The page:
Figure 13. 4-to-20 mA Line Receiver Low Power, Pulsed Load-Cell Amplifier

Figure 14 shows a 350 Ω load cell that is pulsed with a low duty cycle to conserve power. The OP295’s rail-to-rail output capa- bility allows a maximum voltage of 10 volts to be applied to the bridge. The bridge voltage is selectively pulsed on when a mea- surement is made. A negative-going pulse lasting 200 ms should be applied to the MEASURE input. The long pulse width is necessary to allow ample settling time for the long time constant of the low-pass filter around the AMP04. A much faster settling time can be achieved by omitting the filter capacitor.

7 1

6

5 4 2 3

8 AMP-04

0.22µF +12V

1/2 OP-295

REF-01 GND OUT

IN +12V

330Ω

1k 10k

10V

50k 2N3904

VOUT 1N4148

350Ω

MEASURE

Figure 14. Pulsed Load Cell Bridge Amplifier

Single Supply Programmable Gain Instrumentation Amplifier Combining with the single supply ADG221 quad analog switch, the AMP04 makes a useful programmable gain amplifier that can handle input and output signals at zero volts. Figure 15 shows the implementation. A logic low input to any of the gain control ports will cause the gain to change by shorting a gain- set resistor across AMP04’s Pins 1 and 8. Trimming is required at higher gains to improve accuracy because the switch ON- resistance becomes a more significant part of the gain-set resistance. The gain of 500 setting has two switches connected in parallel to reduce the switch resistance.

1 2 3 4

8 7 6 5 AMP-04

V– REF

V+

+

INPUT VOUT

+5V TO +30V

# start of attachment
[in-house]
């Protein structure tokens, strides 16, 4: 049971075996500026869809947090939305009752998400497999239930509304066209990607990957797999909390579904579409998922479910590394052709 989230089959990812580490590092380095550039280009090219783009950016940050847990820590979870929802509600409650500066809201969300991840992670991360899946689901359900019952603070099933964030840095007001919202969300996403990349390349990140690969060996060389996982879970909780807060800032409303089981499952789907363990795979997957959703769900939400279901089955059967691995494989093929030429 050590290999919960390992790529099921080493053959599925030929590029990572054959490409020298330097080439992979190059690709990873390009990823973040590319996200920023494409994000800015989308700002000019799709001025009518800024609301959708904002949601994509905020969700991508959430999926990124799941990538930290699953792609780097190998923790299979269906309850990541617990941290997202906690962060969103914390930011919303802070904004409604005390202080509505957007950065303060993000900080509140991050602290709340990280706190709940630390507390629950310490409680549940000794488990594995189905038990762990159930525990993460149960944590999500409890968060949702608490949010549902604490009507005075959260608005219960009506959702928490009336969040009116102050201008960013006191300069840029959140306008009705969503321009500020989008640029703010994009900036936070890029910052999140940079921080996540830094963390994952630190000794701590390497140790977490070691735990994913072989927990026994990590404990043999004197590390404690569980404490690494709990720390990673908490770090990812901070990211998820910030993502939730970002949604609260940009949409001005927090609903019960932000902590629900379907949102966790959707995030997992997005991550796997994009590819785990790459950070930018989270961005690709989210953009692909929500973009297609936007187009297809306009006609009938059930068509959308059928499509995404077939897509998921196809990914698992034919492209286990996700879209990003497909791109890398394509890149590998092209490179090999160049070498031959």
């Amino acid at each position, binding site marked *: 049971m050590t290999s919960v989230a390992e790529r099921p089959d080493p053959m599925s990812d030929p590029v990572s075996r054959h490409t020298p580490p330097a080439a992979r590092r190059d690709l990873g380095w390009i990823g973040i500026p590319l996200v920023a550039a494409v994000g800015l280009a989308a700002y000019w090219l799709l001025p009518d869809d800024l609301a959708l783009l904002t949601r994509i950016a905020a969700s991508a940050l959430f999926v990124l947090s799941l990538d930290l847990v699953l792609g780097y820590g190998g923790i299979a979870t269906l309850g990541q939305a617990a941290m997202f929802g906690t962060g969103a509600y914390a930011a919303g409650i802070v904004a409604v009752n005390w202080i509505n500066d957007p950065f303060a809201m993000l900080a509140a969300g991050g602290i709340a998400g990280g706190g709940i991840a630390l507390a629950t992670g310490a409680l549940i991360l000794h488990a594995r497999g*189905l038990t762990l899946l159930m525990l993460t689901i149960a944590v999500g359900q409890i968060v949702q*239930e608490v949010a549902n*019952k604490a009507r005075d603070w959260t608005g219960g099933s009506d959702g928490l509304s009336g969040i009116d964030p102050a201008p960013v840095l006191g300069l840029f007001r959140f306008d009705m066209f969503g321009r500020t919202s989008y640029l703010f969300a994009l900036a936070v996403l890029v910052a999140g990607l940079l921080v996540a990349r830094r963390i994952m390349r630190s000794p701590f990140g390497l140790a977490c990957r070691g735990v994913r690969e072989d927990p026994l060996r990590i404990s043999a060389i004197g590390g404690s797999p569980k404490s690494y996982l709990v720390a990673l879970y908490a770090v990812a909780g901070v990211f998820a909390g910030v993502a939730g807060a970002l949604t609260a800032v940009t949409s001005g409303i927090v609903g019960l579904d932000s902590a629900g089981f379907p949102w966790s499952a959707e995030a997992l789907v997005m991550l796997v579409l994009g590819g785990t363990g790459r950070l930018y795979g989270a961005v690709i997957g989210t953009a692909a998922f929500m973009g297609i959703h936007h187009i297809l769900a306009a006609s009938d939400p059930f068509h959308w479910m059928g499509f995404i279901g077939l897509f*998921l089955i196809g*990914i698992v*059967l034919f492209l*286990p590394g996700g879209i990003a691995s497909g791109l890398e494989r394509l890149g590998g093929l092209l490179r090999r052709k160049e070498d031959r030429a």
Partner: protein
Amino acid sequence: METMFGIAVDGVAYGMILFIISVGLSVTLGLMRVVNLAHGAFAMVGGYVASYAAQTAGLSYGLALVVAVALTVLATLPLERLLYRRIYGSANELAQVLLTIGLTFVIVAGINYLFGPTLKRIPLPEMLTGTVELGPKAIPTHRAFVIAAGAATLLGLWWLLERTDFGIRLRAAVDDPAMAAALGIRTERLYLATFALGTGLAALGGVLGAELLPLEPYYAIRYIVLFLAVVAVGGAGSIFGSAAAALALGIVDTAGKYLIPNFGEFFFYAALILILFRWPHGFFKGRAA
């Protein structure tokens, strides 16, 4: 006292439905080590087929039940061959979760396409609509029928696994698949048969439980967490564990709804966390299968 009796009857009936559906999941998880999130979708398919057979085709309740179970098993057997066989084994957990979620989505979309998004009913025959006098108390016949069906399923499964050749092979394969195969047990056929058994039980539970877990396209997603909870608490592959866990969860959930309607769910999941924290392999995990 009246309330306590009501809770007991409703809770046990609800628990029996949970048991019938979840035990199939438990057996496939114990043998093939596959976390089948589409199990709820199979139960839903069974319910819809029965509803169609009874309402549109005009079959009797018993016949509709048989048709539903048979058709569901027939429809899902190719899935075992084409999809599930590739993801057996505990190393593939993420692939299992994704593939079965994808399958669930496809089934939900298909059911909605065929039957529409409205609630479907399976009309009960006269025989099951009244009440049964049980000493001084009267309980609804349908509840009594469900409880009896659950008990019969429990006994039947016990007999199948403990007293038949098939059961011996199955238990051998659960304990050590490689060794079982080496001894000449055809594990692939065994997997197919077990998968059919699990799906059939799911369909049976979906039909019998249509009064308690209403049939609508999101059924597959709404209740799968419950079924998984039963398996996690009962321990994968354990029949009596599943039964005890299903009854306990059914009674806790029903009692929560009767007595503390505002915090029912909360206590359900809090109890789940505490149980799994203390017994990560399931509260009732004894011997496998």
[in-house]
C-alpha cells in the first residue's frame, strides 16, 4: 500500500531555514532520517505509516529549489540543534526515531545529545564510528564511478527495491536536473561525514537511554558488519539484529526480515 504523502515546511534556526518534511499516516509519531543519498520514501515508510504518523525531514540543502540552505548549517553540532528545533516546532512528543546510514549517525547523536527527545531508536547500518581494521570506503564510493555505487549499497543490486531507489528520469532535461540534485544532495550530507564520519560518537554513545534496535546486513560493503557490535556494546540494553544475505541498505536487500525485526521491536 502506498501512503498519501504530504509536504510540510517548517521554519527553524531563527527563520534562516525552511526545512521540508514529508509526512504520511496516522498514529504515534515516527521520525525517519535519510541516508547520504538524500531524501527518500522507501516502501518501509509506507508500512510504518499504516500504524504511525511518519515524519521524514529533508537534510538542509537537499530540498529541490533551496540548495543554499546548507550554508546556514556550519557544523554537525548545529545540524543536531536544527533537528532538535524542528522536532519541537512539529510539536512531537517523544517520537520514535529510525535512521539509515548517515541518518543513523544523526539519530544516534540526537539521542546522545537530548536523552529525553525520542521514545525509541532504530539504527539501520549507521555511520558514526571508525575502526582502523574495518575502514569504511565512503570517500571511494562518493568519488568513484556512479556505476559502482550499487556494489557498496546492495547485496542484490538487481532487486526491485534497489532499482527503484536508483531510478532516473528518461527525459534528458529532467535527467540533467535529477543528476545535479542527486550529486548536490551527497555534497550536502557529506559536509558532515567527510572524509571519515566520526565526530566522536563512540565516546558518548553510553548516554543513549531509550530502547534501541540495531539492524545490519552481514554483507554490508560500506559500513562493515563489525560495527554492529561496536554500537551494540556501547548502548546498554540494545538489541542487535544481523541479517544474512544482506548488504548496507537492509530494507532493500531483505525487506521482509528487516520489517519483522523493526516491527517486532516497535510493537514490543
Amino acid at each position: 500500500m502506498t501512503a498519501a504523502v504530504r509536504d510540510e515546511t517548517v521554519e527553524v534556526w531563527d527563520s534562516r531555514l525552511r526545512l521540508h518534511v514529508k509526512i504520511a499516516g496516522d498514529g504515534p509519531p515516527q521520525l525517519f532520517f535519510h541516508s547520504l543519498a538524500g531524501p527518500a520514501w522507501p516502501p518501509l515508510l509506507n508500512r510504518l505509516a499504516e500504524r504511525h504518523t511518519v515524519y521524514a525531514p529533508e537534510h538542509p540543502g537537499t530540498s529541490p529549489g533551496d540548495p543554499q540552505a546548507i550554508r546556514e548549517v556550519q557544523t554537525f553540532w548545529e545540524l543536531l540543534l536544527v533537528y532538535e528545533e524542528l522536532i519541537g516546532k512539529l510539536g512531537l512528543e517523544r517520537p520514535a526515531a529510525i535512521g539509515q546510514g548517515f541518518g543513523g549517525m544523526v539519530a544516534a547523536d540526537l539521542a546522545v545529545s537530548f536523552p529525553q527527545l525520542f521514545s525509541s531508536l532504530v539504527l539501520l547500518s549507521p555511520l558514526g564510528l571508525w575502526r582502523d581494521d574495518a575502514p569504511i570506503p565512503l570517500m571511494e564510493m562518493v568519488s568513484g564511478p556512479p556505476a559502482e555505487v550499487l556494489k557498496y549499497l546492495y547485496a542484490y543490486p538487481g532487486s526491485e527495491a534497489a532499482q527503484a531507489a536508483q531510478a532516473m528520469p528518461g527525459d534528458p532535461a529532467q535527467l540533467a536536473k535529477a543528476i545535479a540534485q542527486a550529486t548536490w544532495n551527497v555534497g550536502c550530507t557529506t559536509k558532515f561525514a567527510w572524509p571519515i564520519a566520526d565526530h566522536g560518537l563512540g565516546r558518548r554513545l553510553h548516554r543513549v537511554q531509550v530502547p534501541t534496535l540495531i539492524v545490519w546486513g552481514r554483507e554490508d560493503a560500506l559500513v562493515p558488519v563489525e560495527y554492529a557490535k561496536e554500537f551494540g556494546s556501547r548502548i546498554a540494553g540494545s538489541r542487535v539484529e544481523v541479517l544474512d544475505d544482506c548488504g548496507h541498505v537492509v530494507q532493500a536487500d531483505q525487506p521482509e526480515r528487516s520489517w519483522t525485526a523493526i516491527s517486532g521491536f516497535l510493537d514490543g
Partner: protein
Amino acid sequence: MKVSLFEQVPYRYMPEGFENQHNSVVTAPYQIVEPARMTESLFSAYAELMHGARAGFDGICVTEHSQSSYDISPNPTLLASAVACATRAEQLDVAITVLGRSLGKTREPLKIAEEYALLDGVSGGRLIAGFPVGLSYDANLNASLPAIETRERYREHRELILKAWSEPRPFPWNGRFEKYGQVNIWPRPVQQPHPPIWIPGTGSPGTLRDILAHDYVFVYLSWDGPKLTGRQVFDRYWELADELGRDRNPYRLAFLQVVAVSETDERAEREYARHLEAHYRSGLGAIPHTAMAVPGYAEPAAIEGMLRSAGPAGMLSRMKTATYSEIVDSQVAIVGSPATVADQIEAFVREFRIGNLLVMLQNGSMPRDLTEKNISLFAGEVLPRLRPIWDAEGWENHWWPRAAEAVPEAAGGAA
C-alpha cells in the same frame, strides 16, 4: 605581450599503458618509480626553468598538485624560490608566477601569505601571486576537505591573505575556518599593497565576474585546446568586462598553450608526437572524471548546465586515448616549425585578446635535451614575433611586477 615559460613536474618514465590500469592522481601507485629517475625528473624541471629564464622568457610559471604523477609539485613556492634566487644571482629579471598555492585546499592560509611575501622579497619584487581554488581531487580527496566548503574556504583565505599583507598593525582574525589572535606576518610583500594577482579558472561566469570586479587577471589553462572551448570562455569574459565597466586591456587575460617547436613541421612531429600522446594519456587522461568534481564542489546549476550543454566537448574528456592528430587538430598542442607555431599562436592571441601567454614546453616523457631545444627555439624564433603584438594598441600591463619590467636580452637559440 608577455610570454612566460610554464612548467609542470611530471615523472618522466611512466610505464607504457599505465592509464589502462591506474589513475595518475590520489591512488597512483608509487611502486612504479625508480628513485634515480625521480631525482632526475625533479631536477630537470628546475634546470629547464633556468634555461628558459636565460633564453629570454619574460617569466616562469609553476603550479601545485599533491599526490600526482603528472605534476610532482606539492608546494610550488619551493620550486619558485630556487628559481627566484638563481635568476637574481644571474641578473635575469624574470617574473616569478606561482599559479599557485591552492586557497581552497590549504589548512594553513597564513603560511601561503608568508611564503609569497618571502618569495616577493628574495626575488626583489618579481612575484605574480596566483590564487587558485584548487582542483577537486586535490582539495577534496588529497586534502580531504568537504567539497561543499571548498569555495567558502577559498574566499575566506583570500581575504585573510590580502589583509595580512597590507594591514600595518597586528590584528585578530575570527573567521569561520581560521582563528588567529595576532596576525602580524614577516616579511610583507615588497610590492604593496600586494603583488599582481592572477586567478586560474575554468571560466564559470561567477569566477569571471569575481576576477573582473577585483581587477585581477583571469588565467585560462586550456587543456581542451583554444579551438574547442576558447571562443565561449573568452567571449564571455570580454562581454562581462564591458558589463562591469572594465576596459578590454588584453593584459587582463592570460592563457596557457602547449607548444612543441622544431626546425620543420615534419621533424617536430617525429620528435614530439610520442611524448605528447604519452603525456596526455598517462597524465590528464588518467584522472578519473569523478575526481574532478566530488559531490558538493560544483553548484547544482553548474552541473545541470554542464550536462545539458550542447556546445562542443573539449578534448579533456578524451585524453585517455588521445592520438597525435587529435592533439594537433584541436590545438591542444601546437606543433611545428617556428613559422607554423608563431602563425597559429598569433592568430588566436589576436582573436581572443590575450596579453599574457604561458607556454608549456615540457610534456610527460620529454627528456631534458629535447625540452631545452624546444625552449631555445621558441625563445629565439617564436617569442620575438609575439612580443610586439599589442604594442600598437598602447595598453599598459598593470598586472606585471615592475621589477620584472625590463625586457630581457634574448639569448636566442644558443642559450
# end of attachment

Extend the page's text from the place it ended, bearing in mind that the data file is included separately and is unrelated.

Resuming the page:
RG RG

0.1µF 0.22µF 100k

10.9k 3 14

715 200

200 6

11 4 5 ADG221 +5V TO +30V

13

10 9 7 8

15 16

2 1

12 10µF+ 0.1µF

GAIN OF 500

WR GAIN OF 100

GAIN OF 10

GAIN CONTROL

Figure 15. Single Supply Programmable Gain Instrumen- tation Amplifier

The switch ON resistance is lower if the supply voltage is 12 volts or higher. Additionally the overall amplifier’s tempera- ture coefficient also improves with higher supply voltage.

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120

0

200 60

20

–160 40

–200 100

80

160 80

40

0 120

–40 –80 –120

NUMBER OF UNITS

INPUT OFFSET VOLTAGE – µV BASED ON 300 UNITS

3 RUNS

TA = +25°C VS = +5V VCM = 2.5V

Figure 16. Input Offset (VIOS) Distribution @ +5 V

120

0

2.50 60

20

0.25 40

0 100

80

2.25 1.75

1.50

1.25 2.00

1.00 0.75 0.50

NUMBER OF UNITS

TCVIOS – µV/ °C

300 UNITS VS = +5V VCM = 2.5V

Figure 18. Input Offset Drift (TCVIOS) Distribution @ +5 V

120

0

2.0 60

20

–1.6 40

–2.0 100

80

1.6 0.8

0.4

0 1.2

–0.4 –0.8 –1.2

NUMBER OF UNITS

OUTPUT OFFSET – mV BASED ON 300 UNITS

3 RUNS

TA = +25°C VS = +5V VCM = 2.5V

Figure 20. Output Offset (VOOS) Distribution @ +5 V

120

0

0.5 60

20

–0.4 40

–0.5 100

80

0.4 0.2

0.1

0 0.3

–0.1 –0.2 –0.3

NUMBER OF UNITS

INPUT OFFSET VOLTAGE – mV BASED ON 300 UNITS

3 RUNS TA = +25°C

VS = ±15V VCM = 0V

Figure 17. Input Offset (VIOS) Distribution @ ±15 V

120

0

2.50 60

20

0.25 40

0 100

80

2.25 1.75

1.50

1.25 2.00

1.00 0.75 0.50

NUMBER OF UNITS

300 UNITS VS = ±15V VCM = 0V

TCVIOS – µV/°C

Figure 19. Input Offset Drift (TCVIOS) Distribution @ ±15 V

120

0

5 60

20

–4 40

–5 100

80

4 2

1

0 3

–1 –2 –3

NUMBER OF UNITS

OUTPUT OFFSET – mV BASED ON 300 UNITS

3 RUNS

TA = +25°C VS = ±15V VCM = 0V

Figure 21. Output Offset (VOOS) Distribution @ ±15 V

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120

0

20 60

20

2 40

0 100

80

18 14

12

10 16

8 6 4

NUMBER OF UNITS

TCVOOS – µV/ °C

300 UNITS VS = +5V VCM = 0V

Figure 22. Output Offset Drift (TCVOOS) Distribution

@ +5 V

TEMPERATURE – °C 5.0

3.8

100 4.4

4.0

–25 4.2

–50 4.8

4.6

75 50 25 0

RL = 100k

VS = +5V

OUTPUT VOLTAGE SWING – Volts

RL = 10k

RL = 2k